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Centennial Newspaper Exhibition, 1876 : a complete list of American newspapers, a statement of the industries, characteristics, population and location of towns in which they are published, also, a descriptive account of some of the great newspapers of the day

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312 pages
mm -miFairmount Park, Philadelphia,TT. T(FOUNTAIN OPPOSITE S. GOV BUILDING.)AVE.,CENTENNIALExhibition,Newspaper;1876ivvA List AmericanComplete of Newspapers,A Statement the Characteristics, Populationof Industries,and Location Towns in which are ;of they published a/so,A account some the GreatDescriptive of Newspapersoftheof day,NEW YORK:COMPILED BY GEO. P. ROWELL & CO.,1876the(Licensed by Catalogue Co.)Entered to Act of in the 187(5.according Congress, year byGEO. P. KOWELL <fc (JO.,In the Office ot the Librarian of at I).Congress, C.Washington,"VTHEAT & CRUM &CORNETT, RlNGLER,JOB AND NEWSPAPER MANHATTANBOOK, ELECTROTVPK FOUNDRY,PRINTERS,iS SPEUCE N. Y. .3 NASSAU N. Y.STREET, STREET,PHEFACE.for tile celebration of the ofThe first American wasearly proposition century nationalityon no definite form. As the familiar with thebut it took ideapatriotic, people grewsimplywhich it has since assumed. Its formthis drifted into the seemedvagueness shape presentandas it utilized the world s selfishness made it eclat to the occasion. "Wethe best, giveand hereinvited all to exhibit their handiwork our millions ofpeoples products amongour and didcustomers and arid withconsumers, they accepted proposition come, bringingthem their inventions and their works.in allAll which have benefited mankind had their in man sages originfor comforts. As the forests fell before the axe of the andcivilization, pick shovel,longingaided the coal ...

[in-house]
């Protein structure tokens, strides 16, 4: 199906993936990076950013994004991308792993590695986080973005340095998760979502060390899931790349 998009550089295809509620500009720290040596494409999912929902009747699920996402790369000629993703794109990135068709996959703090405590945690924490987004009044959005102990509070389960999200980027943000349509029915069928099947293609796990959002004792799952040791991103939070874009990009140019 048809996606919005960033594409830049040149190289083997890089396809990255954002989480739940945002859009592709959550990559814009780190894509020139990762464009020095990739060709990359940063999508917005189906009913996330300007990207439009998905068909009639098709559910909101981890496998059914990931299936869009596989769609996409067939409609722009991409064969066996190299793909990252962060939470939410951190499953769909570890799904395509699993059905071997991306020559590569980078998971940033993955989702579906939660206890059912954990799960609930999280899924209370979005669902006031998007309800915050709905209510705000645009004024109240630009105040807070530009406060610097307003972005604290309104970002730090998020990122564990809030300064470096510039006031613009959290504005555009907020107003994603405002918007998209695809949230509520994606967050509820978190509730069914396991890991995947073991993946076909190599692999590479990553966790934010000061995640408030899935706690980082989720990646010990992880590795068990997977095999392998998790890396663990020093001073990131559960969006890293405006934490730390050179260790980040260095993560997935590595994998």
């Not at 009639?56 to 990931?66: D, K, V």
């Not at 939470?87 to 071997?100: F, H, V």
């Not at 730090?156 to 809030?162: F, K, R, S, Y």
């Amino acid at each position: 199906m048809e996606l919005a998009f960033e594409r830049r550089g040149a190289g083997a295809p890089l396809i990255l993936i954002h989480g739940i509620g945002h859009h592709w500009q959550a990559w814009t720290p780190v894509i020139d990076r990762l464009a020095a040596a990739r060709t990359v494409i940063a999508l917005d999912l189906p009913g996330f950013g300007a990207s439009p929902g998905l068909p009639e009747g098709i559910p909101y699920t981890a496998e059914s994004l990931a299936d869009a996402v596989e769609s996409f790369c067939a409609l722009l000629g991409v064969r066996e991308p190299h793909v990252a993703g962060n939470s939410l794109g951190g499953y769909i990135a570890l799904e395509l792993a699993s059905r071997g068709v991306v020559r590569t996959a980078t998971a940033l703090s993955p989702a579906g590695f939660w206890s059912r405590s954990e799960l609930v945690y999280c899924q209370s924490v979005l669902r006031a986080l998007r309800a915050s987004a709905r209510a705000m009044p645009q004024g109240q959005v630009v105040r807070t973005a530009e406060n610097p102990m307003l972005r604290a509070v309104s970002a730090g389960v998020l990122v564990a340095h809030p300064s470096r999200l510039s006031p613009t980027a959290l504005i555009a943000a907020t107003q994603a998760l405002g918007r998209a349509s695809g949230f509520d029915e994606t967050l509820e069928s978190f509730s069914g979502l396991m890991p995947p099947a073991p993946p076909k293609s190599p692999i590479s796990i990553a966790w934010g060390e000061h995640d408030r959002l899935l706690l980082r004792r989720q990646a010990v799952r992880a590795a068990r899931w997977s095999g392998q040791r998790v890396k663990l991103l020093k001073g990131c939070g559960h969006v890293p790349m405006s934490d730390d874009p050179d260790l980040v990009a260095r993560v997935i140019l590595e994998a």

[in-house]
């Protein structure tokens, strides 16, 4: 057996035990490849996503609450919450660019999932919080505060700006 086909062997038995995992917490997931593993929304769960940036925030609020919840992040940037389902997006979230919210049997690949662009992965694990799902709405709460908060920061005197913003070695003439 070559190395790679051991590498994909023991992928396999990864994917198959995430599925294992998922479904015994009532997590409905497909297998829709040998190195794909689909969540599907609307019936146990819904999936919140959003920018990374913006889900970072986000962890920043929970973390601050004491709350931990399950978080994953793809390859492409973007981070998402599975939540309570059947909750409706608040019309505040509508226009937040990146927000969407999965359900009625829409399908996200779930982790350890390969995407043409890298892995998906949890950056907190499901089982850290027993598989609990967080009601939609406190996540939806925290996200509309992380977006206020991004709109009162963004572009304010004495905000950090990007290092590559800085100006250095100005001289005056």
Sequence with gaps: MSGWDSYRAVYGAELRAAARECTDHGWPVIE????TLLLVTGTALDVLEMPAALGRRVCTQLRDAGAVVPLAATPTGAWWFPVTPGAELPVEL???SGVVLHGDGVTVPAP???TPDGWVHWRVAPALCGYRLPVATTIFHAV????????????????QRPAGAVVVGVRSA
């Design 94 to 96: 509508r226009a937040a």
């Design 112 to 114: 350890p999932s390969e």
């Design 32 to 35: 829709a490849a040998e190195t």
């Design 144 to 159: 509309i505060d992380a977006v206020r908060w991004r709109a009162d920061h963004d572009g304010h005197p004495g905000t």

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m m -m i Fairmount Park, Philadelphia, TT. T(FOUNTAIN OPPOSITE S. GOV BUILDING.)AVE., CENTENNIAL Exhibition,Newspaper ; 1876 i vv A List AmericanComplete of Newspapers, A Statement the Characteristics, Populationof Industries, and Location Towns in which are ;of they published a/so, A account some the GreatDescriptive of Newspapersof theof day, NEW YORK: COMPILED BY GEO. P. ROWELL & CO., 1876 the(Licensed by Catalogue Co.) Entered to Act of in the 187(5.according Congress, year by GEO. P. KOWELL <fc (JO., In the Office ot the Librarian of at I).Congress, C.Washington, "VTHEAT & CRUM &CORNETT, RlNGLER, JOB AND NEWSPAPER MANHATTANBOOK, ELECTROTVPK FOUNDRY,PRINTERS, iS SPEUCE N. Y. .3 NASSAU N. Y.STREET, STREET, PHEFACE. for tile celebration of the ofThe first American wasearly proposition century nationality on no definite form. As the familiar with thebut it took ideapatriotic, people grewsimply which it has since assumed. Its formthis drifted into the seemedvagueness shape present andas it utilized the world s selfishness made it eclat to the occasion. "Wethe best, give and hereinvited all to exhibit their handiwork our millions ofpeoples products among our and didcustomers and arid withconsumers, they accepted proposition come, bringing them their inventions and their works. in allAll which have benefited mankind had their in man sages origin for comforts. As the forests fell before the axe of the andcivilization, pick shovel,longing aided the coal from its beds where nature had stored it ofsteam, upheaved away cyclesby before as wheat fields the felled the invention of and ; replaced forests, steam-plowsages to the fruits of the earth as man craved intergarner appeared ;agricultural implements course with his fellow the world became a and thearound, correspondence necessity, light were laid under contribution to unite them and as civiDzation in; advanced, bringingnings its train a taste for luxuries unknown in ruder the earth and seas were randays, heavens, sacked the scientific and to it. The first of the world splodding gratify great Expositionby the extent towhich man had advanced in economics a of a industry simply developed quarter and incited other nations to emulate the. in their adventure. TheEnglishcentury ago, in other lands which followed testified to t lo same desii 3 ! .>; com displays rapidly, forts and luxuries and the latest the- same in tiic Y. estern ; this, Exposition, telling story is a memorial of the first which has over these UnitedHemisphere, fitting century passed States. In the various the Park at Fainnouut be seen the works ofdotting maybuildings from necessities of and taxedart and usefulness which the mankind, inventivesprang to their like theand mechanical to contributegenius knowledge enjoyment. Necessity, hand of our sent on itscentral which the President course,great engine, wheeling moving the all the extent of thnt has the wise men ofmachinery through huge hall, brought together " the world with their of and to them before the newofferings gold frankincense," lay dispen H?" hesation on will to men." Our mechanic; as wanders thepeace earth, good through corridors of the learn to estimate his works, b\ them withbuildings, may properly comparing lands.those of other While ftwas most and will be that the works of theproper profitable world s artificers and artists should be here the for abusy displayed, initiatory steps fitting of the extent and of the Press" were not taken untilrepresentation unity, progress long after the of the idea of a suitable commemoration of our Nation s natal Allinception day. that thePress is and useful, and it was believed to have with otheragree potential kept pace ofbut none it in its Its scientificindustries, thought specially exhibiting entirety. magazines the mental which fed the of our inventors ; its records of victoriessupplied pabulum genius andin mechanics and useful arts have others to effort its illustratedinspired experiment ; most theto citizen at moderate models ofjournals presented every prices buildings, tools, and whatever else was deemed desirable in this direction. It was inmachinery, elevating land as itsthis the standard of taste and work, and reflex the schools whichbuilding up abound in our As an evidence of what we have been without this instrucountry. might it hasbe well to to nations where the no existence. Inmentality, may point press Egypt is not onethere in the Arabic some few there are in French andpaper printed language ; but not for the of the ofGerman, and the rudeness work theEgyptians, general people testifies to the lack of instruction the of Track thepopular through power newspapers. around, and those lands will be found most civilizedand forward in toglobe highly catering their s comfort where the is free andmost On the banks ofpeople press plentiful, powerful. a lake Hallbeautiful between the and the United States buildingsglistening Machinery stands a modest andhouse, but little in small in extent, in it arecosting money yet gathered and in thisevery newspaper magazine published country. There arc hundred andthousand oneeight twenty-nine newspapers published regularly in the United States. The combined issues of all the ofother nations the earth do not equal PREFACE.iv An exhibition of a of each of all these thousands ofthis number. sample copy periodicals an idea of the of in thiswould importancehardly convey adequate journalism country, yet towards that end and that it would not beit would do ; believing tosomething- practical P. Rowell & in the ofmore, Messrs. Geo. Co., early 1875, addressed theattempt spring for iu the mainCentennial Commission, space thatmaking application building, estimating for volumes of two thousand each. Thisroom would be fifty pages was beforerequired and no beeuthe were organized, made to theirdepartments thoroughly response having the matter waited in until whenformal abeyance September, it wasapplication, again R. President of the audGeneral Hawley, Commission, an exhibitionbrought up by Joseph as set forth in the :was following correspondencefinally arranged, & New YorkGEO. P, ROWELL Co., City, PHILADELPHIA, Sept. 17, 1875. time I made amemorandum that I must writeGentlemen: Some you anago concerning that wonderful feature in Americanof the American civilization. Itexhibit newspaper, exhibit of its the and itstome that an during conditionseems progress century present Could Americanbe from semiwould exceedingly interesting. every existing periodical How and where ?down to be shown ? Have scheme .in mind ?annual daily you any Can a ? Can come here and talk it over ?submit yonyou plan Respectfully yours, J. R. President U.HAWLEY, S. C. C. & NewGEO. P. ROWELL Co., York, PHILADELPHIA, 1875.Sept. 20, : I have read note of the 18th. allGentlemen your means thejust By develop project. * *a of the of 1776 and 187C.There to beought presentation periodical press Do not this matter. yours, JOSEPH R. HAWLEY.forget Hastily 41 Park NewGEO. P. RO\VELL, Row, York, PHILADELPHIA, Nov. 1875.15, * * *Did I answer letter ? I m not sure.Dear Sir: your I shall be for exhibition to be made. The Americanto see ought is aglad you, your newspaper peculiar of American andinstitution a feature education.special political general J. R. HAWLEY.Hastily yours. GEO. P. Nov. 1875.ROWELL, ESQ., PHILADELPHIA, 20, for in the International ExhibitionDear Sir.Your for a ofapplication space display in the United States has beenof before me for considsample copies every periodical placed that such an exhibition would beeration. It has been much more attractivesuggested very * *were * *and ifan outside for thatinteresting pavilion provided purpose. I most commend this to with the that the interestsuggestion you, hopecordially newspaper the will in such a which would be a distinctive feature ofof pavilion,country join providing ** * * "* the Exhibition. . Yours A. T. Director-General.GOSHORX,very respectfully, P. ROWELL. Jan. 1876.GEO. ESQ., PHILADELPHIA, 12th, * * * * : AVe have a number of similar. It is notDear Sir applications of this kind. Yours vervintention to othermy grant any privilege respectfully, A. T. Director-General.GOSHORN, FAIRMOUXT 1876.MR. GEO. P. ROWELL, PARK. PHILADELPHIA, for aud will send theDear Sir.I have made a new todesign your building, drawings W. J.in a few Yours Architect.you days. respectfully, SCHWARZMAXN, Jan. 1876.MESSRS. GEO. P. ROWELL & PHILADELPHIA, 15,Co., * * * * I called Mr. Schwarzmann sGentlemen.- attention to the sub transmit or the forof letter and he will to-dayject your yesterday, Monday yourplans advised of mI soon to be success theproposed building. hope very definitely your securing Exhibition. Yours very respectfully, A. T. Director-General.GOSHORN, GEO. P. EAIRMOUNT PARK, 1876.ROWELL, ESQ., PHILADELPHIA, Dear Sir : I sent Adams the for Theyou to-day by Express drawings your building. and construction remain the same. general arrangement Yours W. J. SCHWARZMANN.respectfully, GEO. P. ROWELL, 41 Park Jan. 1876.ESQ., Row, PHILADELPHIA, 29, Dear Sir : I am are ahead with work. It will be as distinctiveright glad you going your *#,-**and an American exhibit as we shall have on*theinteresting grounds. lours J. R. HAWLEY.truly, It was now decided to a much more than had first beenattempt comprehensive display of. Instead of a of a was to be allowed to exthought sample copy paper, every publisher hibit a file for several weeks or and in of bound in volumesmonths, place being up heavy andit was that should be made accessible, the exhibitionarranged every paper instantly thus forserve the additional of a monster room and anpurpose reading exchange newspaper P K E * A from a well knownMessrs, llowell & Co. received a communicationAbout this time the interests ofofNew who has devoted much time toC. Baker, York),printer (Peter Esq., as follows :the craft. He writes theand ornamental will, I believe,The very generally presentpamphlet,. job printers skillwork and of these beautiful ofbest imens of tlitheir ; productions typographicalspecimens many - himseli side ofadvances the is toward theAvill show what rapid printer making placing by the artist and engraver. " and Periodical Press to show that in thisBut what is the doing departmentNewspaper all other of the world ? I have not learned thatour nations yetcountry surpassesespecially made evidence of the of thehave been to immensitypositive arrangements give tangibleany and therefore I and earand interests of our respectfullynewspaper periodical country, very matter in andthat immediate be taken to take this charge,steps importantnestly suggest in the Uniteda which a of andby copy every newspaper periodical publishedprepare plan of the exhibition would !>e moreStates be collected and shown at the Centennial. No feature of our and makeeffective than this to show the world the general intelligence people, plain the of the success ofoursecret republican experiment." communications of a kindred tenor came from sources.Other unexpected A wasthus were andencouraged, plans perfected adopted. prominent positionBeing on Fountain Avenue.the Pavilion Director-General Goshornbyassigned Newspaper The above the exterior. The firstfollowing description appearedengraving represents in theNew York Sun of 14th :February " The of exhibition is an of files of eachplan partial newspaperalphabetical arrangement or in such a manner as makes them the devoted to eachperiodical instantly accessible, space a label with the name of the thereon, and furtherbearing publication designated byprinted a means ofwhich a reference to his is able at once tonumber, by upon catalogue,stranger, the section of the where the which he desires to examineapproach journalbuilding particular or refer to be found.may " The cases these files form alcoves similar to those in libraries for thecontaining public of these one on each side of thebooks, alcoves tiers, building,arrangement forming long its entire a of the between reserved for the accomlength,throughout portion space being modation of a for the feet in extendattendants, public eighteen width,leaving passage-way from one end of the structure to the other.ing " The second four of is devoted to rooms for thestairs, readingstory, approached by flights accommodation more of men. and with conveniences for cor especially newspaper supplied respondents. A better of the interior architecture be obtained frojn the writ-followingimpression may PREFACE. of theten after an examination the corplans by GAR, accomplished (lint decidedly critical) in its issue of :of the New York Times, 20threspondent February " and neat. It has a ofThe is of timber -with a widthbuilding very length sixty-seven feet, and a total of feet. From theof exterior it to boforty-six feet, height thirty-three appears of the is onein two but the centre and is a finestories, building only story, very chamber, with andample light space. The whole is witharranged that andprecision mastery over details which have for ^fr. Rowell hisgained as a business man.celebrity The alcoves arc fairly lighted windowswhichby theoccupy entire betweenspace them, so that there is no difficulty in the wished-forobtaining file ifthe directions furnished are followed. The ofheight the side chambers where these alcoves arc isplaced and over them arceight feet, the \vhercwriting galleries, numerous desks are placed. can be orNothing simpler more efficacious than this system, which, undoubtedly, is the best that couldvery have been devised. The gal leries are rows of lighted by windows tocorresponding those in the alcoves below, the transomand by large at each end. In thewindows this window is setfacade back from the roofgable about five and a.StCOND feet, veryFLOOR-HEADIHG BOOM. effective ornamentation of of theincised is which relieves theradiating, planking introduced, simplicityvery pleasantly structure. The interior is ventilated a lantern and therefore theperfectly by large roof, and ofdeserves the of ventilated,building praise being thoroughly lighted, thoroughly being for the desiredadmirably arranged purpose. The cost of the with its and has not fallen short often thoustructure, fittings furniture, sand while the with thedollars, necessary attendants, books, blanks, together compilation and distribution of a edition ofa three hundred another allowlarge page catalogue, require ance of a similar amount. In the mere item of more than twelve hundred dollarspostage was before the of the exhibition. When it is remembered that noexpended opening day less than two hundred and dollars worth of are to communicate oncefifty stamps required with all the the with which these items count ispublishers, rapidity up readily comprehended. But with all these matters Messrs. Rowell & Co. had abundant Furtherexperience. a ofintimate relations with the of the overmore, through press country, extending period more than ten had been seconded* in a most manner.years, they always generous They were therefore convinced of two : that their efforts would befully things First, appre of exhibition would beciated to such an extent that the entire theby publishers expense should fail enreturned to them ia the form of that thisvoluntary subscriptions. Second, ownthe exhibition would be worth its full cost as an advertisement of their business,tirely, In the world.as conductors of the most complete newspaper advertising agency -and contribute towards the eiiteiIn their to to send theirapplication publishers papers made the :prise they following pledge will be made set even if there should not be aThe Exhibition as singleprecisely forth, * offered. subscription